|Summary: NFA to DFA, minimize DFA firstname.lastname@example.org (1992-01-14)|
|Re: Summary: NFA to DFA, minimize DFA brnstnd@KRAMDEN.ACF.NYU.EDU (1992-01-17)|
|From:||brnstnd@KRAMDEN.ACF.NYU.EDU (Dan Bernstein)|
|Date:||Fri, 17 Jan 92 20:12:20 GMT|
I missed the preceding discussion of this issue, and I must confess to
almost complete ignorance of the wide variety of techniques which have
been applied to pattern matching. However, my New Year's resolution was
to write a regexp package, and the result, dynapat 0.90, is available
from wuarchive.wustl.edu:usenet/alt.sources/articles/4566.Z. Some of its
characteristics may be of interest here:
The ``automaton'' is deterministic. You compile any number of patterns
together into a single structure. Then you feed one character after
another into the structure, and after each you can find out which
patterns match the stream of characters so far. (A separate library
provides a more traditional string-matching interface.)
The space used in compiling N patterns of maximum length M and total
complexity T is O(MT), with a very small constant of proportionality.
The space used once all the patterns are compiled is O(T). For
instance, ((abc)*d|e*f)* takes under 80 bytes of dynamic storage after
The time used in compiling the patterns is at most O(MT^2), with a
much smaller average case and again a tiny constant of
proportionality. The time used to match each character is O(T) for
patterns satisfying the restrictions of most regexp packages---i.e.,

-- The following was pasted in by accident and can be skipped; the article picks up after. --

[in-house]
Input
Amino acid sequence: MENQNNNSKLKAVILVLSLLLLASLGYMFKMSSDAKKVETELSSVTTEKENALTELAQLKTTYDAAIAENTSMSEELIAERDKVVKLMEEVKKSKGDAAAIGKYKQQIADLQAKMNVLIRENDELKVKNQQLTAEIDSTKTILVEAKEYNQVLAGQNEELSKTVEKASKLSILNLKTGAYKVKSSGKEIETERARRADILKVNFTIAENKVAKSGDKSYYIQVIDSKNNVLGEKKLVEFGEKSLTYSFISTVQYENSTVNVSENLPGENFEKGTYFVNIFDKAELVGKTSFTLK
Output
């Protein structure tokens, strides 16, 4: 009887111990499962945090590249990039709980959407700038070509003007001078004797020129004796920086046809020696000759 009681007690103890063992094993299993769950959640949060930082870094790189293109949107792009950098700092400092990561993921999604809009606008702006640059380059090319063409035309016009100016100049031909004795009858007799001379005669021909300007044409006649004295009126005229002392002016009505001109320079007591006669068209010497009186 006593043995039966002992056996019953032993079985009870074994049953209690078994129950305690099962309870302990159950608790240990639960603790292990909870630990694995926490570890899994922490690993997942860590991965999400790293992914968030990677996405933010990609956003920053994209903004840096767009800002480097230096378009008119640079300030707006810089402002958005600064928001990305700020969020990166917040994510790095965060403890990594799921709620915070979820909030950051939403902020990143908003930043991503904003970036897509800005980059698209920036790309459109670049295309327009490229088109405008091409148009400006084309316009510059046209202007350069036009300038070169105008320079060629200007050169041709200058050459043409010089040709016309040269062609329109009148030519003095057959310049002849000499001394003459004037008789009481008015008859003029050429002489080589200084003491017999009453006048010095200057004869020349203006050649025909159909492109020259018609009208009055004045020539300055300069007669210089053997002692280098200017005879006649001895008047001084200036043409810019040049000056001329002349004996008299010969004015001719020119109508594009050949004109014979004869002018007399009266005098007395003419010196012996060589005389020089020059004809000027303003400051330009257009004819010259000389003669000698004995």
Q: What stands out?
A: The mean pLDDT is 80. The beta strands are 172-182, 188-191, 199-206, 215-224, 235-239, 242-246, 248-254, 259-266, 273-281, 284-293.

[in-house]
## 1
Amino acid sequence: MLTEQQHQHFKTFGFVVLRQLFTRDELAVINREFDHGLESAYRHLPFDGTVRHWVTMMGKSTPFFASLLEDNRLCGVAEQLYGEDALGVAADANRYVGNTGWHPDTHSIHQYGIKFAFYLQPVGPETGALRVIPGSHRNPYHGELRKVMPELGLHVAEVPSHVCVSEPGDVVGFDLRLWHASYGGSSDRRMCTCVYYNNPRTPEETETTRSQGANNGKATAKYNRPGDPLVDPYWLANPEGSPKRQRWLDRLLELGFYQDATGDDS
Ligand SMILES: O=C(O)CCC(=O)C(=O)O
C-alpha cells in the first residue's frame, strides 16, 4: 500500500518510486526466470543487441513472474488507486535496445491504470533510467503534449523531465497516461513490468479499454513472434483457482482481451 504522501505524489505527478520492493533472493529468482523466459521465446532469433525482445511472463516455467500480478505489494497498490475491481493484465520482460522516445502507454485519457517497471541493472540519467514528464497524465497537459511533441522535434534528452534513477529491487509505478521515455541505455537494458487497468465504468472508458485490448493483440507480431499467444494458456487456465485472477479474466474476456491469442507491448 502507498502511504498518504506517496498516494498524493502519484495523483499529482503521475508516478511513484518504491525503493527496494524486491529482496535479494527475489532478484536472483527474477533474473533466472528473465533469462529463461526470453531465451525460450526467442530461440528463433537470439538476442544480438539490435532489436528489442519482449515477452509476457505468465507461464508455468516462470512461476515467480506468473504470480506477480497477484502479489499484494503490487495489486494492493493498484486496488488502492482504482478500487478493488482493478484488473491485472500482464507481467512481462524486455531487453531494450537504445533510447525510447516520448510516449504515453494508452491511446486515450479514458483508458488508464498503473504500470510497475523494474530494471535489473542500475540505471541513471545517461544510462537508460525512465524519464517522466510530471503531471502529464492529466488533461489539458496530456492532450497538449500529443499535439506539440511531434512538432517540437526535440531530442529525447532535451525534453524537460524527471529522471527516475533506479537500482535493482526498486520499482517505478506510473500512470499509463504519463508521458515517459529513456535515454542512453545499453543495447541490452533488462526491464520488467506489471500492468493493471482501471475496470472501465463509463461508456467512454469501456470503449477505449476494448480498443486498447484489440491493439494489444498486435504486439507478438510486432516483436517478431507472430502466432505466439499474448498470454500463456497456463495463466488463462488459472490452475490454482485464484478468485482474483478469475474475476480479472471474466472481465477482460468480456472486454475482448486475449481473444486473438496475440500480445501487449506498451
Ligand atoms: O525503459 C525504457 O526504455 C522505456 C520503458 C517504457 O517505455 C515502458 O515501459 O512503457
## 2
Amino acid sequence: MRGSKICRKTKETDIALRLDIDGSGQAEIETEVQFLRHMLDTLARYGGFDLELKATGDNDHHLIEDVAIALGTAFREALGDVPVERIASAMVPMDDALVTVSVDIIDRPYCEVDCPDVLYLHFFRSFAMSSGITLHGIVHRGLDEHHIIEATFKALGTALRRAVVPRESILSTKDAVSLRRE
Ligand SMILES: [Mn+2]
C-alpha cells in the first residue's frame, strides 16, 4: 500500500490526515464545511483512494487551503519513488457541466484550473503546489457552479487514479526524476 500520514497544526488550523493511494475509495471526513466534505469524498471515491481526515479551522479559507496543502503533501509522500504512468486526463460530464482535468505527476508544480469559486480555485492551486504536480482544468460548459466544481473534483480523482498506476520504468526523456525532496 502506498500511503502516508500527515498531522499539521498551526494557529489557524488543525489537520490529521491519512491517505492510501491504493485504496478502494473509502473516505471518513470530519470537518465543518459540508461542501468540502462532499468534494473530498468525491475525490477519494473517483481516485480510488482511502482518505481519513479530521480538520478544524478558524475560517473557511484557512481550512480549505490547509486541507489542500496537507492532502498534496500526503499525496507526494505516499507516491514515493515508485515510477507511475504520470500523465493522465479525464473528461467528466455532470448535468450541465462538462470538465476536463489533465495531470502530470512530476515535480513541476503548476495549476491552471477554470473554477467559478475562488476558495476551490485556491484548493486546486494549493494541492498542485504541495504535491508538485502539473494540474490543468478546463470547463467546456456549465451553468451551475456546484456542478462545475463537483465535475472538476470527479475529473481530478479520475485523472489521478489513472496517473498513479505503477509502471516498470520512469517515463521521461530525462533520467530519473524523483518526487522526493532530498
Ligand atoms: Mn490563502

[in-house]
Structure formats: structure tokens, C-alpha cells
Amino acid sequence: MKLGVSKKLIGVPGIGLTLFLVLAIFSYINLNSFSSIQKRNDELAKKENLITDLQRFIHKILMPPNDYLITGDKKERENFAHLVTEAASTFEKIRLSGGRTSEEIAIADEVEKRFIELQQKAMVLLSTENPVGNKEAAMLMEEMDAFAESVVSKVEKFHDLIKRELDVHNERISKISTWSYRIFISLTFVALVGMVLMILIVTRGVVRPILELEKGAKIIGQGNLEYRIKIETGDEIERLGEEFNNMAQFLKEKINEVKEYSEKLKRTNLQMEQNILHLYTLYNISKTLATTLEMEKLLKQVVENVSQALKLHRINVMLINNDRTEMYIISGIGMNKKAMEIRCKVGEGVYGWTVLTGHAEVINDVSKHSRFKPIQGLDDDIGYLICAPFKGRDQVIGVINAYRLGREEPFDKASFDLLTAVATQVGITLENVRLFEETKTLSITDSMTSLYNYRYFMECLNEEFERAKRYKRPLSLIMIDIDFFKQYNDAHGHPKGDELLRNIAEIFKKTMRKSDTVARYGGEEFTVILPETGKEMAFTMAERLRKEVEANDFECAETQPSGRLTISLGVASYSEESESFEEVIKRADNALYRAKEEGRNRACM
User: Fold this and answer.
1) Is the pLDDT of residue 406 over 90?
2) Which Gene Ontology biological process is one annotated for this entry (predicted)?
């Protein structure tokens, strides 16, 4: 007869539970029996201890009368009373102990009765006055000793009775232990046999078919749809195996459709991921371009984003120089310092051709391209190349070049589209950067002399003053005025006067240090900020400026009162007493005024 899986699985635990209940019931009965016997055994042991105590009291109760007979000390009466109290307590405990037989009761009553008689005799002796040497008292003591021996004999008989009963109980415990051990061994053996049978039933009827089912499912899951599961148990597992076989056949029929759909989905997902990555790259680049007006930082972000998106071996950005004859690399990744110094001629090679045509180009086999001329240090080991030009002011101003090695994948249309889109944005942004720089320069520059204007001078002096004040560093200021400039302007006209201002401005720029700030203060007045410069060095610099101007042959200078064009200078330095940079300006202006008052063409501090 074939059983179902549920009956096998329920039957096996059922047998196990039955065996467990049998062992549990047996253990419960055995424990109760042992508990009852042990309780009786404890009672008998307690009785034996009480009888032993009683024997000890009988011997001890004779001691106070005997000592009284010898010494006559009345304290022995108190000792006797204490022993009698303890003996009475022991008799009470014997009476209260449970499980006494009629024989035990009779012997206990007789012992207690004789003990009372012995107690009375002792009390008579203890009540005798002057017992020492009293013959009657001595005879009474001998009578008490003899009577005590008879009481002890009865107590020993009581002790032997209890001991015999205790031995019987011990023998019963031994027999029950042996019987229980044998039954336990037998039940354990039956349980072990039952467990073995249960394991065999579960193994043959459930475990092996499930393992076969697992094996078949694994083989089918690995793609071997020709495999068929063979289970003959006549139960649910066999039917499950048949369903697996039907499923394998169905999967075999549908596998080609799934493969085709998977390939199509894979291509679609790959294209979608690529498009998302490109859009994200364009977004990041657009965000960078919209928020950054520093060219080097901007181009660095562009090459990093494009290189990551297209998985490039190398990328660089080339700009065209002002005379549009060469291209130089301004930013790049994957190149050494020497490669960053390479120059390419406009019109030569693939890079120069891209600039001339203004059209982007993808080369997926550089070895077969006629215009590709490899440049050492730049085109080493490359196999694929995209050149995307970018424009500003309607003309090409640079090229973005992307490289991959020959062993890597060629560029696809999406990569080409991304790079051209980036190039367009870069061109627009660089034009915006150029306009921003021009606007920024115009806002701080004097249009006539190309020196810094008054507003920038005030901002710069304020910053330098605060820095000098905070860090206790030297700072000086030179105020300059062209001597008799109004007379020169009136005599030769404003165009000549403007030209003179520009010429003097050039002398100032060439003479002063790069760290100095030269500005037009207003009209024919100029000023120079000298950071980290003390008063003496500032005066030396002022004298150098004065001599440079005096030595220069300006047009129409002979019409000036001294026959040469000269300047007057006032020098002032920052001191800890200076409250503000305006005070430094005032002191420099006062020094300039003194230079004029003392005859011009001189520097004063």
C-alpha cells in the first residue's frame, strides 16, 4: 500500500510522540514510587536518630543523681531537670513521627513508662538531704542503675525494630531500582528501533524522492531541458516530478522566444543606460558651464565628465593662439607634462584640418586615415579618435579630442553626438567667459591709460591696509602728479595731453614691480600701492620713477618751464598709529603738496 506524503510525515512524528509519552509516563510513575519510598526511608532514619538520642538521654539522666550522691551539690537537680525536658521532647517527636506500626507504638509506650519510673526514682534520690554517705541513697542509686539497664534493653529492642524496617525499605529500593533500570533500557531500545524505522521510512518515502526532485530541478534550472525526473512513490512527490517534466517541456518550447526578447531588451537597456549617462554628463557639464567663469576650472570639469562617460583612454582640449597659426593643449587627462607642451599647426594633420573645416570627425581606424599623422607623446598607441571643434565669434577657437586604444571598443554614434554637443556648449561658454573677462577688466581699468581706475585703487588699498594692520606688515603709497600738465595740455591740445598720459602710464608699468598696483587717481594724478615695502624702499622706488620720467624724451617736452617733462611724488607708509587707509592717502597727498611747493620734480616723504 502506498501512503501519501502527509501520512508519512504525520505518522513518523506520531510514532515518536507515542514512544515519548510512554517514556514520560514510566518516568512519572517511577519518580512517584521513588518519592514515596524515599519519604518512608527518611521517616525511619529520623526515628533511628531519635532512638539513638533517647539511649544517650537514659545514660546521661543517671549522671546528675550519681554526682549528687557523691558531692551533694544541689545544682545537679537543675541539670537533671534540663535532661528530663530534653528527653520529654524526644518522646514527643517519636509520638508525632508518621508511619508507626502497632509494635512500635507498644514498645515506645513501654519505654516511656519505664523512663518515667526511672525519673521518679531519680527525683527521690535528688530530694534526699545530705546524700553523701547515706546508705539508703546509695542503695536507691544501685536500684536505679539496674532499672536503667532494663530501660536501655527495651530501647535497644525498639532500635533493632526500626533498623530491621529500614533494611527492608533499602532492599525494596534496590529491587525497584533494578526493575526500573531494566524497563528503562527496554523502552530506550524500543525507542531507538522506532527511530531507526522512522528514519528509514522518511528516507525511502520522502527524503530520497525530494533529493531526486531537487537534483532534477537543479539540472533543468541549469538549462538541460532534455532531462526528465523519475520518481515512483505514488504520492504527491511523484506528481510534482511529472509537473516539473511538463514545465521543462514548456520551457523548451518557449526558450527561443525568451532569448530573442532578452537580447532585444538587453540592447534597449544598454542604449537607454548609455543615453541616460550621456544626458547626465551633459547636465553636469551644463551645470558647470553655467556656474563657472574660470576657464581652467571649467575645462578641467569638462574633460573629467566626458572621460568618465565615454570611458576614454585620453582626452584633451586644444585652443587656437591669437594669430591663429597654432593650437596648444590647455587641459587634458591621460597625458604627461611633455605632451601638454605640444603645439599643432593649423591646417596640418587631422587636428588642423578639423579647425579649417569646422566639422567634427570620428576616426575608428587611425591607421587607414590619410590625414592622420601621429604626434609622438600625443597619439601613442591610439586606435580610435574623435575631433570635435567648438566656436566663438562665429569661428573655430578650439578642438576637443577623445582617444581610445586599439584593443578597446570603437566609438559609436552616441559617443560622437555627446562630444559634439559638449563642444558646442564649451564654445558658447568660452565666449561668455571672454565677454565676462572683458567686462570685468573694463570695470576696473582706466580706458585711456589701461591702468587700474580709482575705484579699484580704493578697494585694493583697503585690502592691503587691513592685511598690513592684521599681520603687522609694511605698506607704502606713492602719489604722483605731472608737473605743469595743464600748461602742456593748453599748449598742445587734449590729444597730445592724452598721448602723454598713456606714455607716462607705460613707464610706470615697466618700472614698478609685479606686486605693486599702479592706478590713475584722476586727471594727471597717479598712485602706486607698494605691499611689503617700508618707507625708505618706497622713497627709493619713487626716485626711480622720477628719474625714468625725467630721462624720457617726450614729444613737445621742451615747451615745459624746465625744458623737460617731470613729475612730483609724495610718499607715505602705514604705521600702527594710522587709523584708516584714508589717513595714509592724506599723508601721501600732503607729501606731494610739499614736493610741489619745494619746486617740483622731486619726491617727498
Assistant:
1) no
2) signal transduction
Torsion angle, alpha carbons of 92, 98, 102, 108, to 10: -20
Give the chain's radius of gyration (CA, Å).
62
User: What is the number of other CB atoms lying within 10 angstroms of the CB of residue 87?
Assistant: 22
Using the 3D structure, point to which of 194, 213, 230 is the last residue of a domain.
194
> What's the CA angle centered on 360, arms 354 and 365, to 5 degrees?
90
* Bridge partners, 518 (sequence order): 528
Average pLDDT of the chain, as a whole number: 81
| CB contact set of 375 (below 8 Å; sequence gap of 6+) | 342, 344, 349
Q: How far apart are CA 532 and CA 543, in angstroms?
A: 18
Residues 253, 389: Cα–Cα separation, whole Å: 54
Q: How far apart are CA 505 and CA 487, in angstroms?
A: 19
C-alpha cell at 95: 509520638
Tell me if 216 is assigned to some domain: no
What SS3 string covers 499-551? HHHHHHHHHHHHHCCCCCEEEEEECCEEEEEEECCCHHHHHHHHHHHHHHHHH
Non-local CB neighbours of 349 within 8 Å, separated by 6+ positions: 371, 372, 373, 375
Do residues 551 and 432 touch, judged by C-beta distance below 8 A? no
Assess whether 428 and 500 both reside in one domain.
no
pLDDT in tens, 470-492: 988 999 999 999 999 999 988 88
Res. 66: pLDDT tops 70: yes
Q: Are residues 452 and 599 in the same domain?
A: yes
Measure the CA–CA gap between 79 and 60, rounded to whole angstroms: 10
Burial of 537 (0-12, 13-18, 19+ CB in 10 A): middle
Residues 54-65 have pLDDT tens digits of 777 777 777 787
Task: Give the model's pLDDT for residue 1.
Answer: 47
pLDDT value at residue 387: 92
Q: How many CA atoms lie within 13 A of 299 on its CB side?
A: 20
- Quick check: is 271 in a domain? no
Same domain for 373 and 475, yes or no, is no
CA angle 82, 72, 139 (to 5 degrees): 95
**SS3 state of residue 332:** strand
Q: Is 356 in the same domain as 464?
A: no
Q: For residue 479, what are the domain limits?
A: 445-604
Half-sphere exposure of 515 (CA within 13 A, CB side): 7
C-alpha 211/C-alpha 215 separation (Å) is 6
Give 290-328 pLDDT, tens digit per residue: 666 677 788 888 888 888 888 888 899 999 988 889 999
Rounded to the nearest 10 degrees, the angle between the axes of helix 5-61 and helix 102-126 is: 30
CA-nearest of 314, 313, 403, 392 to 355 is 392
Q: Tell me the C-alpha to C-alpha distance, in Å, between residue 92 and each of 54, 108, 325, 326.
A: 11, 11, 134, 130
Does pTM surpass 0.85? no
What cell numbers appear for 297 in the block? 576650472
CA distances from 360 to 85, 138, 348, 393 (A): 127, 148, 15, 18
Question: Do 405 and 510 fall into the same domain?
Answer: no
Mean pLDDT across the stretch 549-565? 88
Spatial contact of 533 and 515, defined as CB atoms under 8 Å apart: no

no closures of an expression which may be empty---though dynapat has
no trouble matching arbitrary patterns. (The utterly inachievable
upper bound is T^2.) The usual behavior is thus O(T) space and O(T)
time per character, which seems a reasonable tradeoff.
I must also admit to never having had the patience to dredge through the
available explanations of regexp matching. My implementation is based on
three trivial observations: 1. pc matches a stream if and only if p
matches the stream-before-now and c matches the latest character. 2.
p(q)* matches the stream if and only if either p or p(q)*q matches the
stream. 3. p(q|r) matches the stream if and only if pq or pr matches the
stream. It is obvious how to use these rules to solve the problem of
computing the match state of a set of patterns against a stream, given
the previous match state and the latest character---simply take the
inductive closure of that problem under the rules. And that's exactly
what dynapat does.
Please note that dynapat 0.90 was created on the same time scale as Man
(on the seventh day I rested and sent it out to the net) and hence
should be expected to have a few bugs. ontmoh!rwh (Russ somebody) has
already caught a bug, namely that patmatch_trashrl frees the same memory
twice. I also plan to introduce a few optimizations so that dynapat can
compete with JAW egrep for typical patterns. But the package is
basically stable, and since I emphasized simplicity and modularity,
I don't anticipate any serious problems.
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